- - Please visit: Wichita Band Instrument Co. - -
When I sold my high-end custom horn I made a conscious decision. I wanted to have two different horns that suited the different gigs I was playing. My Conn 8D was handpicked by Bob Osmun in exchange for some web services.
I purchased my Yamaha 667 off of a shelf in a music store in Indianapolis. “Huh,” I thought. “This horn plays nice.” It cost at the time about $2500.
Lucky for me that I had found a very well-tooled instrument. Patterson’s process for overhauling a stock horn is thorough, and apparently mine is like a diamond in the rough. By far, he says. Cool.
The cost of this upgrade?
I will put it in the ballpark terms of between $1000 and $1500. So in a sense, I now have a horn worth $4000. If we update the current market value of the same model, $500 more might be added to this fantasy math. $4500.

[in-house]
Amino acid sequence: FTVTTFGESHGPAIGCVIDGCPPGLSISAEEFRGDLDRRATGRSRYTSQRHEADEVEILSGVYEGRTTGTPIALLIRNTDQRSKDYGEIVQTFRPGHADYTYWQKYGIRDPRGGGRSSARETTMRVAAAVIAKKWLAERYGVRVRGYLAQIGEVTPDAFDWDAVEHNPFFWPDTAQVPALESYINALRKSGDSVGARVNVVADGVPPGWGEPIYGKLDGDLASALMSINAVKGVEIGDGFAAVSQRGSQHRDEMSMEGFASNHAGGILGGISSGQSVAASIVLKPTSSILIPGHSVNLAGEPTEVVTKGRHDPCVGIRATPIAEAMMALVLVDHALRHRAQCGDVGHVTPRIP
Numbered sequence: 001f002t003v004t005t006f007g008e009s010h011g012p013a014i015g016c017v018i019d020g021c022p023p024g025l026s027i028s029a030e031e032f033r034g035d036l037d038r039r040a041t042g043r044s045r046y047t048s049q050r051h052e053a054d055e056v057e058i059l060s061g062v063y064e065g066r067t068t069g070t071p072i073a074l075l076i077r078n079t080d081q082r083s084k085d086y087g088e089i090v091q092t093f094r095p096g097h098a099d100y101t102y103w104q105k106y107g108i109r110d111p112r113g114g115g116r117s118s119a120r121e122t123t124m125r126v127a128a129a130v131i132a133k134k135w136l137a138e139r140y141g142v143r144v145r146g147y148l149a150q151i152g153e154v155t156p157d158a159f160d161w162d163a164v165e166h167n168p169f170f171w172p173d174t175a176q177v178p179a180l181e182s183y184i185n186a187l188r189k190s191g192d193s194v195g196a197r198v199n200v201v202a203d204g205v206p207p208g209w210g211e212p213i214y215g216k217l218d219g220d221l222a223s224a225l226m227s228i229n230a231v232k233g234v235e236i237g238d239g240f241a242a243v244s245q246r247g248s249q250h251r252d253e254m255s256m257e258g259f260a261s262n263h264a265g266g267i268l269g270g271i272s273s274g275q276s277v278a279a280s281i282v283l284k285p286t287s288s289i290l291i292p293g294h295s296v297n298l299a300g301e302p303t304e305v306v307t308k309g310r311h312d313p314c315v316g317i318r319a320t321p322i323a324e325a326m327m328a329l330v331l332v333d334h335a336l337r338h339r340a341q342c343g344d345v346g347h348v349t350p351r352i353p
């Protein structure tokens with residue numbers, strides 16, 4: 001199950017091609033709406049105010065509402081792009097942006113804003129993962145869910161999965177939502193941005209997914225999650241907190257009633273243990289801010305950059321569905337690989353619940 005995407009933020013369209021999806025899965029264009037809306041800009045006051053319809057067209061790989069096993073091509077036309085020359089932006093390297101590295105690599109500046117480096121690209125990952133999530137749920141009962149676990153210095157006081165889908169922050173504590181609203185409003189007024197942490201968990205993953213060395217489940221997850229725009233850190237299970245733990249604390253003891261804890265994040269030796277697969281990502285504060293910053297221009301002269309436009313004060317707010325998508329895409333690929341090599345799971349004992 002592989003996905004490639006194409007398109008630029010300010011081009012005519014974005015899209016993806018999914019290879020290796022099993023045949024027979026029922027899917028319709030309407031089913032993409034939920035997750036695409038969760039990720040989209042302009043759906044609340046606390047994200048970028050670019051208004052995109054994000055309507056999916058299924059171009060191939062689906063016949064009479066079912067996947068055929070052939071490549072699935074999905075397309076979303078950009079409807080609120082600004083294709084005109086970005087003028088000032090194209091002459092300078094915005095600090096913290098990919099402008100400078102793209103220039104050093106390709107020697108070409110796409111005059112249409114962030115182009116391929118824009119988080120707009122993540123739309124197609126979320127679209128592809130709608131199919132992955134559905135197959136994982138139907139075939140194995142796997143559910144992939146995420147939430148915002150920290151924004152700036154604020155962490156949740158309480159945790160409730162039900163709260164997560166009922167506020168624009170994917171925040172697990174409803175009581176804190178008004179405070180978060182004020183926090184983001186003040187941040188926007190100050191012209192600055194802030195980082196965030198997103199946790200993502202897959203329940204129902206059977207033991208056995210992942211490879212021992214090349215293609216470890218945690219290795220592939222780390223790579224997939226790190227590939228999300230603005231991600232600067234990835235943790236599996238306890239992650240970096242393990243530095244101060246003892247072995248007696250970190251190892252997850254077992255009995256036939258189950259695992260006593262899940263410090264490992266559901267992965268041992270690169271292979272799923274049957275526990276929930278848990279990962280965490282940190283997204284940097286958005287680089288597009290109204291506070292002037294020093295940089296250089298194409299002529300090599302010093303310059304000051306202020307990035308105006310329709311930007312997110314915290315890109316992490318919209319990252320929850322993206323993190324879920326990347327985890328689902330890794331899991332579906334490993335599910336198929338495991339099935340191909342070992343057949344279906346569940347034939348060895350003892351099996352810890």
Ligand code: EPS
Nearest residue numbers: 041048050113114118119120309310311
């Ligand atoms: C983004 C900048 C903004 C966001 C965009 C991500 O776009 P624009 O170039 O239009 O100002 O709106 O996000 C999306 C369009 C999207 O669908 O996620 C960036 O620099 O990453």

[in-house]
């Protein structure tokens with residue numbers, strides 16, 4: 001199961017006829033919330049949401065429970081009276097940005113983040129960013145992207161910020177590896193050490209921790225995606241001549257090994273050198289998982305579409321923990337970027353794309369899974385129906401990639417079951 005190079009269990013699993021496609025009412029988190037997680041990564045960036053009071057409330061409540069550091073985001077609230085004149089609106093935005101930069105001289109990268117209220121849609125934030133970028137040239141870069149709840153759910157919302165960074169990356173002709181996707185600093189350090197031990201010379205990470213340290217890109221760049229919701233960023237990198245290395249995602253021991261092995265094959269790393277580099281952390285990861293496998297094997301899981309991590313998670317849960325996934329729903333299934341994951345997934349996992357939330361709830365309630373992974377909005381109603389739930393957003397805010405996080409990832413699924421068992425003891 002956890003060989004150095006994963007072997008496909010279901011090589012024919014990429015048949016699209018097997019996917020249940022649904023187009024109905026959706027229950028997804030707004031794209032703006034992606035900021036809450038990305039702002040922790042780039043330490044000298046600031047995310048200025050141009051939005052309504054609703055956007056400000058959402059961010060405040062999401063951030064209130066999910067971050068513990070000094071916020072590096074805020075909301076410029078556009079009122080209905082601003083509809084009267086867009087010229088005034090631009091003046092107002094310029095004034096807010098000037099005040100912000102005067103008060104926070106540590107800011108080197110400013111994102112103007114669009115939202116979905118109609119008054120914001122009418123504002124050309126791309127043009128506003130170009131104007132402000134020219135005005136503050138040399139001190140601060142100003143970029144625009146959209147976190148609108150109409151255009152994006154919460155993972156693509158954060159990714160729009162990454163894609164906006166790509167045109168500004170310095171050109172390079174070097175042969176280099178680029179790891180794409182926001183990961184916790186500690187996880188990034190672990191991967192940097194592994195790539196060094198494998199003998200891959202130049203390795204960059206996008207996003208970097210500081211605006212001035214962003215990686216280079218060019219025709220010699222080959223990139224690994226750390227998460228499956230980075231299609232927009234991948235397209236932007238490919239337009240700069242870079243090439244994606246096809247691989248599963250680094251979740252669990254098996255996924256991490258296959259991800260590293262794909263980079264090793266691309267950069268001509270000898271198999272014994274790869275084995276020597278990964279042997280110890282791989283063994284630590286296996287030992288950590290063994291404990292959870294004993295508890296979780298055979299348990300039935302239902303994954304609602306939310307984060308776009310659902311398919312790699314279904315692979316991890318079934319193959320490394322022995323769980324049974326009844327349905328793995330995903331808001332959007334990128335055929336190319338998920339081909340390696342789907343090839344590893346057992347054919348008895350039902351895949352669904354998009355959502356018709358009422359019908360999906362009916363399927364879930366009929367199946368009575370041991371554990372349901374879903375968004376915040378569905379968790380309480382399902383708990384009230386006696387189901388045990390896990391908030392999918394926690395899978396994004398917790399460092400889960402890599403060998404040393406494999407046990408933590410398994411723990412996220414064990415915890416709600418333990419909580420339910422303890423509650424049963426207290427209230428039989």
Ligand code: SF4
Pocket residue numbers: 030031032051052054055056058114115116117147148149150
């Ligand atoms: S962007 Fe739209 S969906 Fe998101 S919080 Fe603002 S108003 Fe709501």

Also – kinda cool.
So what I have now is very much like the computer I have at home. A killer hybrid that can perform to my needs. With my computer at least, this formula gave me a less expensive, more powerful machine in the long run.
Pictures of the process
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If you are looking for another option from customs horns – whether you can’t afford one or do not want one – a mixed-breed horn like this might fit the bill. It is something to consider.
In a few weeks I will post a more detailed evaluation of this particular conversion.
- See also “More Options for Customizing your Horn“